Carol Tobias' life's work came to fruition when the Supreme Court overturned Roe v. Wade last month, doing away with federal protections for abortion rights and 50 years of precedent.
But like the rest of the anti-abortion rights movement, Tobias and her organization, National Right to Life, are looking ahead to what's next: getting strict bans enacted in states with legislatures and governors friendly to the cause. In states where efforts to enact such legislation will prove difficult, the group will promote laws around "informed consent" for medically induced abortions and allowing medical personnel to opt out of any abortion procedure.
"I’m not concerned that the pro-lifers are going to sit on their hands and let everything slip away," Tobias said in a recent interview.
Yet Tobias, who has served as NRLC's president for 11 years and has spent much of the past half-century involved in the organization at both the state and national level, said in an interview after the decision came down that she would rather be playing the piano than talking about the historic moment.
Her own activism dates back to when she was a teenager growing up in North Dakota, attending anti-abortion rallies with her parents. Those who know the reserved executive say she prefers to be behind the scenes, where she helps mediate debates within the group and sets the tone for the agenda it pursues.
"She’s been a steady hand for the pro-life movement," Mike Gonidakis, president of Ohio Right to Life, one of the organization's chapters, told NBC News. "She doesn’t pound the table, so to speak. She's not always looking for the spotlight, she does her job and doesn't care who gets the credit."
"And in a day and age of flashy social media, that's not Carol Tobias and I'm complimenting her for that," he added. "Carol and her team, wisely, just do their jobs and go home."
With its 50-state chapters, NRLC touts itself as the oldest anti-abortion rights group in the U.S., having its first state subsidiary launch in the late 1960s. The group spent decades advancing model legislation to friendly legislators, shaping how the issue is discussed in the U.S. and connecting grassroots anti-abortion rights activists with the larger political movement.
Many of those laws were passed with the hope that, when challenged in court, they would ultimately cause the Supreme Court to chip away at the abortion rights protections guaranteed under Roe and force the court to reconsider the constitutionality of the decision.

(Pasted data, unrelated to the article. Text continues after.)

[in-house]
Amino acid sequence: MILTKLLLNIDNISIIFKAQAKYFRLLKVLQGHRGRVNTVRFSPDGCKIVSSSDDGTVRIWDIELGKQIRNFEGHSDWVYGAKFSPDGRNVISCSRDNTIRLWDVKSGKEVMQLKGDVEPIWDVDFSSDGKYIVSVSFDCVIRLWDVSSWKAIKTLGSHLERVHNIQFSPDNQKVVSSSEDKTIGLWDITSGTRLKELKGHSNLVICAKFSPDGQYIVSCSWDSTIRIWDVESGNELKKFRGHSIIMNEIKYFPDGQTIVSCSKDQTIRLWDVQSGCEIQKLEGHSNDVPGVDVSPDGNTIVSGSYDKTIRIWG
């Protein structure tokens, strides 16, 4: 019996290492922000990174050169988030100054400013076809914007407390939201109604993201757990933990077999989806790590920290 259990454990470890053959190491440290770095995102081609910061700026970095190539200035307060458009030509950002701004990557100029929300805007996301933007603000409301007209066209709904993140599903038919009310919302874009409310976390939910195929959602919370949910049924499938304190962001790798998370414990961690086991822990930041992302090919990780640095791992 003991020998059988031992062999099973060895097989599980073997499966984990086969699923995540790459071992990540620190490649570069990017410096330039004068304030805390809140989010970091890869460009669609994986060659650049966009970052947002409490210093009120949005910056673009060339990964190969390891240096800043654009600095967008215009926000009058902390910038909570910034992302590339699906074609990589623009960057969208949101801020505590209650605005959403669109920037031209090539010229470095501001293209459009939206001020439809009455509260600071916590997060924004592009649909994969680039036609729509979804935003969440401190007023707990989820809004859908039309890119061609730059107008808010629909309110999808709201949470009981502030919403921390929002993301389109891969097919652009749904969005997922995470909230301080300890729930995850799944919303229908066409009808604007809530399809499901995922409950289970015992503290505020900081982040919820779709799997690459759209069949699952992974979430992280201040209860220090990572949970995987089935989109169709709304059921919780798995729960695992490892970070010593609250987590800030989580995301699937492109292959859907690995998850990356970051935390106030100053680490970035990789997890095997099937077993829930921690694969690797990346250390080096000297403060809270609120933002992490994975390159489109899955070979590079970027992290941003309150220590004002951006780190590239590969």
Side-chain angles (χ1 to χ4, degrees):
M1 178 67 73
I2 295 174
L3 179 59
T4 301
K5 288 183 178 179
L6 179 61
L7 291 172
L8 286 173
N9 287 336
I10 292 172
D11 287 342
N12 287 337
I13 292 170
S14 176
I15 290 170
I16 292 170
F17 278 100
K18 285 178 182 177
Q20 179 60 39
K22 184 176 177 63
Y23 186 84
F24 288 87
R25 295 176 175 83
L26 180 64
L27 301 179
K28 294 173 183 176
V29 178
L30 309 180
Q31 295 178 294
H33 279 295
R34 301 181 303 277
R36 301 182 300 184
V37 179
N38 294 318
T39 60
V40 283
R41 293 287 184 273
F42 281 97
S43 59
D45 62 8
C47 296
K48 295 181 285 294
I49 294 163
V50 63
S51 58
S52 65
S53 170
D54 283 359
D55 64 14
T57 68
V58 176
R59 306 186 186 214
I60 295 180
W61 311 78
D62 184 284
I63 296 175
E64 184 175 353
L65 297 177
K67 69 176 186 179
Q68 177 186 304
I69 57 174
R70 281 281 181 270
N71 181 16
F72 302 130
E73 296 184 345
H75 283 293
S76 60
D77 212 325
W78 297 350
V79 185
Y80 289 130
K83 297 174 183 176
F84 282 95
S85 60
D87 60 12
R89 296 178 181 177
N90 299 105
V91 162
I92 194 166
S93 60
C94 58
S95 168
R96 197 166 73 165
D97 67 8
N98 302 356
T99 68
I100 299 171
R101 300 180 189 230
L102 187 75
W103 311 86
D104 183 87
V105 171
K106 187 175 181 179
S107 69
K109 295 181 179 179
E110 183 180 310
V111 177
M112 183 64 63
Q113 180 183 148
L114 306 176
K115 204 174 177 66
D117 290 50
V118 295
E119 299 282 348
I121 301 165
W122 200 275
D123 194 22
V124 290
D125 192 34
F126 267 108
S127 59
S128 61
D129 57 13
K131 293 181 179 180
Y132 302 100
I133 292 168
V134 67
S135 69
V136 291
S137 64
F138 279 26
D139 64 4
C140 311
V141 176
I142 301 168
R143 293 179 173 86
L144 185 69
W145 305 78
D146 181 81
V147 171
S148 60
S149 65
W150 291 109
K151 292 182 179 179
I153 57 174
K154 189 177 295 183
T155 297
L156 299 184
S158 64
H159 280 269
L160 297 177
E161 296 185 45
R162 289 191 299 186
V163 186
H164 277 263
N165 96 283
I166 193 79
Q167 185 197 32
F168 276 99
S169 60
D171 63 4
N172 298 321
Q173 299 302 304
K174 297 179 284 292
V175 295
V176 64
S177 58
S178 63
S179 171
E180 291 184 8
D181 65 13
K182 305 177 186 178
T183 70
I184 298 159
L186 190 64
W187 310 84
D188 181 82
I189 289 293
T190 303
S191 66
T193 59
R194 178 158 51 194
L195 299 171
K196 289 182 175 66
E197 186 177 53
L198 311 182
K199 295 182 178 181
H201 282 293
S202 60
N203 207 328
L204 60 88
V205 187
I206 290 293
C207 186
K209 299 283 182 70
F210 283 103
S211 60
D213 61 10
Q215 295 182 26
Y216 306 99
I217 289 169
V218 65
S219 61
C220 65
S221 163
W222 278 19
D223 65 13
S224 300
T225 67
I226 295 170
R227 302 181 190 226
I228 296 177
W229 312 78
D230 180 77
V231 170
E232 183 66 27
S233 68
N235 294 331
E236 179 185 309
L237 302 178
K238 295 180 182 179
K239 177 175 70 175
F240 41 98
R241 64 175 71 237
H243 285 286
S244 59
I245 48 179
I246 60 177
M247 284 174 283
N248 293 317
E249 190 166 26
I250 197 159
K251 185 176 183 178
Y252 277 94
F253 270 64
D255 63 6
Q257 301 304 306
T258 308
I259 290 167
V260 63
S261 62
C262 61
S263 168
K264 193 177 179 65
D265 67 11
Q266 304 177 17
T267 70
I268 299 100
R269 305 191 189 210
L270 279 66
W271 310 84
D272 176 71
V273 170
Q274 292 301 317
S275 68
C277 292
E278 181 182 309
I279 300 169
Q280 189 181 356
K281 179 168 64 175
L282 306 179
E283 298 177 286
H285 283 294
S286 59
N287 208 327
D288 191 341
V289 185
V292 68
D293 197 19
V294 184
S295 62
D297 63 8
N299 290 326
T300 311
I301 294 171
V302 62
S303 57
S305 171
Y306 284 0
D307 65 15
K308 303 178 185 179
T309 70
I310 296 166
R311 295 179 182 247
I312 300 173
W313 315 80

The strategy worked.
"I think that whole laying the groundwork of court cases year after year after year, judges and I’m sure the Supreme Court must have, I assume, started getting tired of all the cases," she said. "But I think that was a great prelude" to the Dobbs decision.
A lot of NRLC’s work took place behind the scenes, away from public scrutiny.
"For the most part, people have no clue what happened behind the scenes that got us to that point," Michael Ciccocioppo, executive director of the Pennsylvania Pro-Life Federation, an NRLC state chapter, said in an interview. “But I can tell you in many, many cases, it was National Right to Life and its staff working behind the scenes in Washington and working with its state affiliates that have made a big difference in everything that has happened."
During Tobias' time as the organization's political director, NRLC was credited with coining the phrase "partial-birth" abortion in the mid-1990s to describe a then-new medical procedure that involved removing fetuses from the womb intact, ultimately playing a critical role in the 2003 "Partial-Birth Abortion Ban Act" signed into law by President George W. Bush. Through her past decade as president, the group authored a number of model laws that were passed in statehouses across the country, including legislation banning abortion after 20 weeks because of the possibility the fetus could experience pain — legislation that served as a precursor to the Mississippi law that ultimately served as the vehicle by which a 5-4 conservative majority on the high court overturned Roe.
In a post-Roe country, Tobias would like to see a nationwide ban but does not think it is possible until Republicans have full control over the government and a filibuster-proof Senate majority. But, she said, she's hopeful Congress passes laws preventing minors from accessing abortions across state lines should those rights be curtailed in their own states.